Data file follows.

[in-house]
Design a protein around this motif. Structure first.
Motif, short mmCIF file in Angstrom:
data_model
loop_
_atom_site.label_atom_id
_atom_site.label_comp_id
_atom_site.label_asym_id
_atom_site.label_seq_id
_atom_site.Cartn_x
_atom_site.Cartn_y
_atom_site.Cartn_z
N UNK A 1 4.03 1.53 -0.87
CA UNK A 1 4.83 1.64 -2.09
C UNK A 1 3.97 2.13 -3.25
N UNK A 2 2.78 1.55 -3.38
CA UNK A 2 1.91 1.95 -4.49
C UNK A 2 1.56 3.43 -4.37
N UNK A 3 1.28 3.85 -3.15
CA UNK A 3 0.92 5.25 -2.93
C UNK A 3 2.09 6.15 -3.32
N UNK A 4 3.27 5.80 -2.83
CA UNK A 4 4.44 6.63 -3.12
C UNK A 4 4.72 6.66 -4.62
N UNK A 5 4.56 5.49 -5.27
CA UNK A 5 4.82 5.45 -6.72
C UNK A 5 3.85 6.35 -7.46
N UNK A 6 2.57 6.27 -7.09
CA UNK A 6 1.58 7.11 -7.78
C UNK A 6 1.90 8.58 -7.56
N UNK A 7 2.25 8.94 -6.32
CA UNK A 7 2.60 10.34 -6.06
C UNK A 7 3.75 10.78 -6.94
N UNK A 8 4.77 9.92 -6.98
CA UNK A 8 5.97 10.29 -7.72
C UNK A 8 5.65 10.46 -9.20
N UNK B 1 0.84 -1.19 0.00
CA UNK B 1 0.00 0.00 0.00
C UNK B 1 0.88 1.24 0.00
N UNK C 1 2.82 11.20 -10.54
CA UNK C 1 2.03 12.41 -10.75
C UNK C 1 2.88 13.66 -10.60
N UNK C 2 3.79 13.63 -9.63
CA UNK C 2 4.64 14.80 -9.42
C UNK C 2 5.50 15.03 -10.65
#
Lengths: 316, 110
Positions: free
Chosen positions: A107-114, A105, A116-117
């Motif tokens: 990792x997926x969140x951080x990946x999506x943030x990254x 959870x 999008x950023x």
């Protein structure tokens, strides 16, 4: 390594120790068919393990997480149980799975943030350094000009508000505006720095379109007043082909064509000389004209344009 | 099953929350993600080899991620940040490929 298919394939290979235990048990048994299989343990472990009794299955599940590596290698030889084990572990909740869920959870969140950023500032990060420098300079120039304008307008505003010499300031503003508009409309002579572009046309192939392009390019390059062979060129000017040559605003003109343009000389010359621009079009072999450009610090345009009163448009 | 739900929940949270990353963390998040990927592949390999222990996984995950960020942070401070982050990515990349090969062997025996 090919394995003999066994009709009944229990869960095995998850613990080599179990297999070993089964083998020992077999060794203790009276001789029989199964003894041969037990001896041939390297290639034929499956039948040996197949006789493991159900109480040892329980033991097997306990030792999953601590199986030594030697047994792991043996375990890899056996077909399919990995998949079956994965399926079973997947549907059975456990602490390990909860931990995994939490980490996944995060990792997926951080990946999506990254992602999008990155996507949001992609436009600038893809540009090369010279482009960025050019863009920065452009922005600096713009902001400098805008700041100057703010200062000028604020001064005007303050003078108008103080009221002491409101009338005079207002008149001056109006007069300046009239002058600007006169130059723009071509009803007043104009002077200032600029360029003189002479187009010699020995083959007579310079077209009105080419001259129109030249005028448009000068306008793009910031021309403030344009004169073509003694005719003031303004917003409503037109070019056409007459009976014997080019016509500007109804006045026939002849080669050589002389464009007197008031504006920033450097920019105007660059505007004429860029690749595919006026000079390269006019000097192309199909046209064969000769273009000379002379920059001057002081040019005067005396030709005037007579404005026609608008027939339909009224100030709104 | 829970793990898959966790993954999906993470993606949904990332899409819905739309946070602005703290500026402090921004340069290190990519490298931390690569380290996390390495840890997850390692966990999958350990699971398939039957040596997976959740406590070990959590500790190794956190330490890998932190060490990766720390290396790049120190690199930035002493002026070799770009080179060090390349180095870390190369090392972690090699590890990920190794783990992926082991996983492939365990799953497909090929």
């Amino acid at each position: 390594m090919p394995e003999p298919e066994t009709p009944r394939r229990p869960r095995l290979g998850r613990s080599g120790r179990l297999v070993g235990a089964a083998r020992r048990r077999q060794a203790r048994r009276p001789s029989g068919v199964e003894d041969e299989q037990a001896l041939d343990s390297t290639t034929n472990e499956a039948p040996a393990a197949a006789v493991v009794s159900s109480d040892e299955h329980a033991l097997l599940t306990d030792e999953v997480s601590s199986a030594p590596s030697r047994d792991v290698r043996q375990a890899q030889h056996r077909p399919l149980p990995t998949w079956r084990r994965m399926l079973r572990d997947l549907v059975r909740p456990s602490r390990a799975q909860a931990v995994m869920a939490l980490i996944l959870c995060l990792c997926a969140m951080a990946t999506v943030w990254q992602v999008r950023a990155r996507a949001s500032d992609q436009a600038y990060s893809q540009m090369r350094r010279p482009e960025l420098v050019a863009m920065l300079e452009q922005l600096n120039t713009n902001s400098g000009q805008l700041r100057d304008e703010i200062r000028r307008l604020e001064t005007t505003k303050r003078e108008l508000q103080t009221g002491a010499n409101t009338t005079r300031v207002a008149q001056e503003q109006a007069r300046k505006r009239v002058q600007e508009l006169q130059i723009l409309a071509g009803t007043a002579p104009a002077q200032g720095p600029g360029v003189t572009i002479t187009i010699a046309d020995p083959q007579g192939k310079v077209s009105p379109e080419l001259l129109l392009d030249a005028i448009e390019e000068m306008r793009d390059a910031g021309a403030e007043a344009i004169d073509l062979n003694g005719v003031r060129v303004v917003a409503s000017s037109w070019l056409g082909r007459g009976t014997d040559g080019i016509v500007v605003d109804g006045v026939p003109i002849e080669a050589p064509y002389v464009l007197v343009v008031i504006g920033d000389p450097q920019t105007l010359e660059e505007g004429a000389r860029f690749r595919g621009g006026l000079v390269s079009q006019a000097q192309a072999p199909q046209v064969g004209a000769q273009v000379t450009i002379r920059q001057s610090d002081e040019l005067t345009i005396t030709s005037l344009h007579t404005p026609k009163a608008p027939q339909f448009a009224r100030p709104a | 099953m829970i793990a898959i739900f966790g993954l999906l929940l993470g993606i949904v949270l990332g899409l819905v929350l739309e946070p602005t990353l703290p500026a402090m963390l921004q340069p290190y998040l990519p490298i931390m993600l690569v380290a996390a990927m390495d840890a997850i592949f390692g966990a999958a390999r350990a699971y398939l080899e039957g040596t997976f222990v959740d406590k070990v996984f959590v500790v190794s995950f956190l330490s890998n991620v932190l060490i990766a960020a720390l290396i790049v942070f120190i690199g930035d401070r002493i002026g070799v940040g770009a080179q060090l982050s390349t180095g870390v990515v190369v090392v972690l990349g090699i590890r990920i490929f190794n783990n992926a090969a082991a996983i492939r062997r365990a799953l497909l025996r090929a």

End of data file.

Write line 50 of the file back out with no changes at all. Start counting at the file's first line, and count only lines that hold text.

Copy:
């Motif tokens: 990792x997926x969140x951080x990946x999506x943030x990254x 959870x 999008x950023x």